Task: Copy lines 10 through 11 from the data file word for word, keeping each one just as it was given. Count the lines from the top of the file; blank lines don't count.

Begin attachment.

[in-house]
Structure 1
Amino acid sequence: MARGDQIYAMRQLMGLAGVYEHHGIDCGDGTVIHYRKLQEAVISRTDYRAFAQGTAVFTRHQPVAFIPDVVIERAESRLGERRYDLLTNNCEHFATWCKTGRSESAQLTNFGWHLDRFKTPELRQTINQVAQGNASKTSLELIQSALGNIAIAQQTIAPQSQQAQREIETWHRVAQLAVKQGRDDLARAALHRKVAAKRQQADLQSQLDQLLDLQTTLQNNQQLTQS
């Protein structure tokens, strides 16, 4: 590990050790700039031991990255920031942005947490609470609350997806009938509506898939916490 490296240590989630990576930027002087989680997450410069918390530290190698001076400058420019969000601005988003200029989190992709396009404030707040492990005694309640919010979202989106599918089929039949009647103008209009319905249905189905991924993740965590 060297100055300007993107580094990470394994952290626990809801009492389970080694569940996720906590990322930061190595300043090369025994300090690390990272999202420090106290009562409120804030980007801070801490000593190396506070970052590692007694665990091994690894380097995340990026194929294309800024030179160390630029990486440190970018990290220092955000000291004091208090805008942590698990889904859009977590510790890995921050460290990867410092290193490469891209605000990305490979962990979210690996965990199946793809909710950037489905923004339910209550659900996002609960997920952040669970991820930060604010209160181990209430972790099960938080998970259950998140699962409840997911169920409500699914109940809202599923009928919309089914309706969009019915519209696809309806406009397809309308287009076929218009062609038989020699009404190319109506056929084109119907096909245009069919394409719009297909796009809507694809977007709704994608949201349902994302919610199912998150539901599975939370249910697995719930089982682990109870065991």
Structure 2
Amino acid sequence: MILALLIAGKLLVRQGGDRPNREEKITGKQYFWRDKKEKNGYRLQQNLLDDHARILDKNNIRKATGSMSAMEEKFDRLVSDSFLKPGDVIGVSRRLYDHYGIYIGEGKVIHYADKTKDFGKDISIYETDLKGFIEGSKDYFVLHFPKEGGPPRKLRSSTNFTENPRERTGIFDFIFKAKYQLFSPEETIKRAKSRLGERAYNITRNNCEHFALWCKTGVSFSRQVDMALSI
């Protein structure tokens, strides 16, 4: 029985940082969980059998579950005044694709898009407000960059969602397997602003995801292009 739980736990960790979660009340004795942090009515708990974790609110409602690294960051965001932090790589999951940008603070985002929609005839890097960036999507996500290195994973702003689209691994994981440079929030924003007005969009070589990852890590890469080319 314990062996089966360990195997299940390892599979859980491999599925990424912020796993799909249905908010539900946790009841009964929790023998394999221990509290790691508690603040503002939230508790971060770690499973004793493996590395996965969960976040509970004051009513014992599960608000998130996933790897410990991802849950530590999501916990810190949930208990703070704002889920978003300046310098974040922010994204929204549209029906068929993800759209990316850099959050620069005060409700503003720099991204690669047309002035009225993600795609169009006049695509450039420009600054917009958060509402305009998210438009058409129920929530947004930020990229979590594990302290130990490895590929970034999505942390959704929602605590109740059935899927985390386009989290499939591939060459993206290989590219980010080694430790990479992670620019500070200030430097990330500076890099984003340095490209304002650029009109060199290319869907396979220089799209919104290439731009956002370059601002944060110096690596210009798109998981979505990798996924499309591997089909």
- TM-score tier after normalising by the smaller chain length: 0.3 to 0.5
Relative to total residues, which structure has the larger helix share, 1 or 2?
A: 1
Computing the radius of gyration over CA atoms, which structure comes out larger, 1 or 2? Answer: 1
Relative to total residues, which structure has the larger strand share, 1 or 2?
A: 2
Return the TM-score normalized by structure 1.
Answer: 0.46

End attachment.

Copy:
A: 1
Computing the radius of gyration over CA atoms, which structure comes out larger, 1 or 2? Answer: 1